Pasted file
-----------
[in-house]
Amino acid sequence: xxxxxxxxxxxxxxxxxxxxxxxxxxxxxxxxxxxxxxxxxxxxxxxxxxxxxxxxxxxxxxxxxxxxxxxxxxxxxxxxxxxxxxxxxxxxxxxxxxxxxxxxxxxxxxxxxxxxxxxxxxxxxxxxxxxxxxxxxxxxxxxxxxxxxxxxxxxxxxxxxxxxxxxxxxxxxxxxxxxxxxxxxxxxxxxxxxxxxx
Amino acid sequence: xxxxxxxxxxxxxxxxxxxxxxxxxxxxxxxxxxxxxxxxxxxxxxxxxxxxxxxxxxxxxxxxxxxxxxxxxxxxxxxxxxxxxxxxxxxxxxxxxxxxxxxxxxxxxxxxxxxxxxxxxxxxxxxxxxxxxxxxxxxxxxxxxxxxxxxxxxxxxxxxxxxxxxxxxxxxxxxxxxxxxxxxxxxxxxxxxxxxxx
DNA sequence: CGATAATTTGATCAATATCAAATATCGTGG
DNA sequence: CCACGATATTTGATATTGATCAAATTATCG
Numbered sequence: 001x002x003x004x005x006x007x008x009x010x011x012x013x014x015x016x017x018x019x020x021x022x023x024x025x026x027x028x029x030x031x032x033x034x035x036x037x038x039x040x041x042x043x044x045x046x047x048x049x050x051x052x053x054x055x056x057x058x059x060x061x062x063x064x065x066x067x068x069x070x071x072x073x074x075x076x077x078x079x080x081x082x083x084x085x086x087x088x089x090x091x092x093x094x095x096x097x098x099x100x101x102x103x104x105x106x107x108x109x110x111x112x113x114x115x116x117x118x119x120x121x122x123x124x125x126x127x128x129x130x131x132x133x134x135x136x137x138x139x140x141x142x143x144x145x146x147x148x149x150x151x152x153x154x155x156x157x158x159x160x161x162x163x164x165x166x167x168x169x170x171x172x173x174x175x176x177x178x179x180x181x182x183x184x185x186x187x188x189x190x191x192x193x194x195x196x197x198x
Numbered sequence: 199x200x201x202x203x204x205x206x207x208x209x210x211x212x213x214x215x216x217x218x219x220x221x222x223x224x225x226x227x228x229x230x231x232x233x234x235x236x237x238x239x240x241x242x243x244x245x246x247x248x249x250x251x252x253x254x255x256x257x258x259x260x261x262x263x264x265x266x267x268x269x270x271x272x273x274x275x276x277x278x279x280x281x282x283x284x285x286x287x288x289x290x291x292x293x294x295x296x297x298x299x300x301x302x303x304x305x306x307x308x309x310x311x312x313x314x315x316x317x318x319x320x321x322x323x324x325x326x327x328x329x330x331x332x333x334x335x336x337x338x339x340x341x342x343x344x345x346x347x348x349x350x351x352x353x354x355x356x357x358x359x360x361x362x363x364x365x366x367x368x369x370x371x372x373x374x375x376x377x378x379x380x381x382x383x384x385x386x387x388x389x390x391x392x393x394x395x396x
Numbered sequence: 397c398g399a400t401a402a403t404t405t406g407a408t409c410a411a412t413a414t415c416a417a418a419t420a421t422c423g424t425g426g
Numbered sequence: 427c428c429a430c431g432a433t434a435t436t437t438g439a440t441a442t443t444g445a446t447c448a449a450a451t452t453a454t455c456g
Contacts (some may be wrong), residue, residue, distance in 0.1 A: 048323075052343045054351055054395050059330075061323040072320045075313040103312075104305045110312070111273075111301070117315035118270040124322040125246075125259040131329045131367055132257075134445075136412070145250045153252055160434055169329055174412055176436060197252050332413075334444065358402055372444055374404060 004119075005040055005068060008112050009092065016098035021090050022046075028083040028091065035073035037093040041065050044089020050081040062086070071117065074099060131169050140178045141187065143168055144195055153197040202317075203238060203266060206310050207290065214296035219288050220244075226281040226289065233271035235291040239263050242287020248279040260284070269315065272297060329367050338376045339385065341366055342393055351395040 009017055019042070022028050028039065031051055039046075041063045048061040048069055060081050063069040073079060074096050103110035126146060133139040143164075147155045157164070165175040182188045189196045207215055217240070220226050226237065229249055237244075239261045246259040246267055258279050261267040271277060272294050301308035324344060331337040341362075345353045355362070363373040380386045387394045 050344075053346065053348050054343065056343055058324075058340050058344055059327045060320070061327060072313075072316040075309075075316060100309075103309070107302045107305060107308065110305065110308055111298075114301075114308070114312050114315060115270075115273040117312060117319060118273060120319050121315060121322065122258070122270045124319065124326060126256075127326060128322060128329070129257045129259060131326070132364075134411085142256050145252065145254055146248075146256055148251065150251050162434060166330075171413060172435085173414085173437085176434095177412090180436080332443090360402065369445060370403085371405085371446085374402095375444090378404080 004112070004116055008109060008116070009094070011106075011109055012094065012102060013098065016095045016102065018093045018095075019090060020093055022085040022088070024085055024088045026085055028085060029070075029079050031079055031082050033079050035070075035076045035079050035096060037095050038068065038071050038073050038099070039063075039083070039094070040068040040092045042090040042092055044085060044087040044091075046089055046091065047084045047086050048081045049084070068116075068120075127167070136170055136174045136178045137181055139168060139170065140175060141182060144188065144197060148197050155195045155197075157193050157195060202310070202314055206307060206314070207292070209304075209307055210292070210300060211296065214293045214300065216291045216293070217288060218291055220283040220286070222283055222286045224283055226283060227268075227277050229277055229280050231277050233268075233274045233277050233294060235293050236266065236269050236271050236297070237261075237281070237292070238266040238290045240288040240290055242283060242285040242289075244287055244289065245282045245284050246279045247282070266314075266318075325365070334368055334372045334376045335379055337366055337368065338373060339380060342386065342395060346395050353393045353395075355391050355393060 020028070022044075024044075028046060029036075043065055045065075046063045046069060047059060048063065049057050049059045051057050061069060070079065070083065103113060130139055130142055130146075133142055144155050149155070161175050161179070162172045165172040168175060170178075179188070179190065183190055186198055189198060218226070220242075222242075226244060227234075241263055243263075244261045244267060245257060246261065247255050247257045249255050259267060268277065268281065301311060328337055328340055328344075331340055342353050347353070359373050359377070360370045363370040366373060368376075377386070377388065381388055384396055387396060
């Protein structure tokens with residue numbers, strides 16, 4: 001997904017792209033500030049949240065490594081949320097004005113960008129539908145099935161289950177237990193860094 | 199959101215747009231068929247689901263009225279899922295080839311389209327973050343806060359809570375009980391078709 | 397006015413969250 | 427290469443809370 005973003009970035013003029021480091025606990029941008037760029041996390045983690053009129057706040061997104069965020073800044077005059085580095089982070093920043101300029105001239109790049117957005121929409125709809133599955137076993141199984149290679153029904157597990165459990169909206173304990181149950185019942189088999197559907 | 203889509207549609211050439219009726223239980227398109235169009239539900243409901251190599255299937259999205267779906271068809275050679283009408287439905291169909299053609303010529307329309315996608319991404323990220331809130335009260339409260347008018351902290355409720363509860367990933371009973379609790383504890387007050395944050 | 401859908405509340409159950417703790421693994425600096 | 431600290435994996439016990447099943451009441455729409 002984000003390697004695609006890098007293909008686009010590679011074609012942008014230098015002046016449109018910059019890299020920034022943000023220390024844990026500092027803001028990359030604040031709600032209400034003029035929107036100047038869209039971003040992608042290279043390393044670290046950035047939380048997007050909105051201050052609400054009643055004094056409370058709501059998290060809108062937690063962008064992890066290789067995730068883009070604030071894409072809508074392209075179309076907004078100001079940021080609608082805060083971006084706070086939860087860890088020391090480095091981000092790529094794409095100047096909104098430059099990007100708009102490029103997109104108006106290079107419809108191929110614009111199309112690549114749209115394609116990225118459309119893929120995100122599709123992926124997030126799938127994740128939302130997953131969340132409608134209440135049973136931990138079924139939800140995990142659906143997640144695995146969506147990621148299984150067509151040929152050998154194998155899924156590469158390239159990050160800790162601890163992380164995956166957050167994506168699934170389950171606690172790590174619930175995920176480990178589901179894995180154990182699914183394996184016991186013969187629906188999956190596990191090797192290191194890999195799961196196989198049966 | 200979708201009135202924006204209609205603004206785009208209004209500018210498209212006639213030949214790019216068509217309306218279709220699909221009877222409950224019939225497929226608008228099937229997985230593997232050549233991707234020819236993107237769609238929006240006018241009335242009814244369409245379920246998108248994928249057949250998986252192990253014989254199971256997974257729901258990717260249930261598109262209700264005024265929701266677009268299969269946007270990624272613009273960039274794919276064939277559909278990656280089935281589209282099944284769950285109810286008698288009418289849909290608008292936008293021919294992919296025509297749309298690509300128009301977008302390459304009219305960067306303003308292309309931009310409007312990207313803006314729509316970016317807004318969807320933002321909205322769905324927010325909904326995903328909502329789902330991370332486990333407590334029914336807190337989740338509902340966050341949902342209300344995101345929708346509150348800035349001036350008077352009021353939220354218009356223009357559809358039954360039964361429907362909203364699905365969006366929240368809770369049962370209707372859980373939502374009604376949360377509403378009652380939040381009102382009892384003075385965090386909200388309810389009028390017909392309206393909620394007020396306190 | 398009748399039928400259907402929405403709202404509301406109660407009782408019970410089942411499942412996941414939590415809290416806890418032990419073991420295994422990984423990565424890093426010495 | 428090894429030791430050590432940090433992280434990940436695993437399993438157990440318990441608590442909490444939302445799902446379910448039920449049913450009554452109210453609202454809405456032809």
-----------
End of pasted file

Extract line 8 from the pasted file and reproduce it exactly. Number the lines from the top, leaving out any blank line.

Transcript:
Numbered sequence: 397c398g399a400t401a402a403t404t405t406g407a408t409c410a411a412t413a414t415c416a417a418a419t420a421t422c423g424t425g426g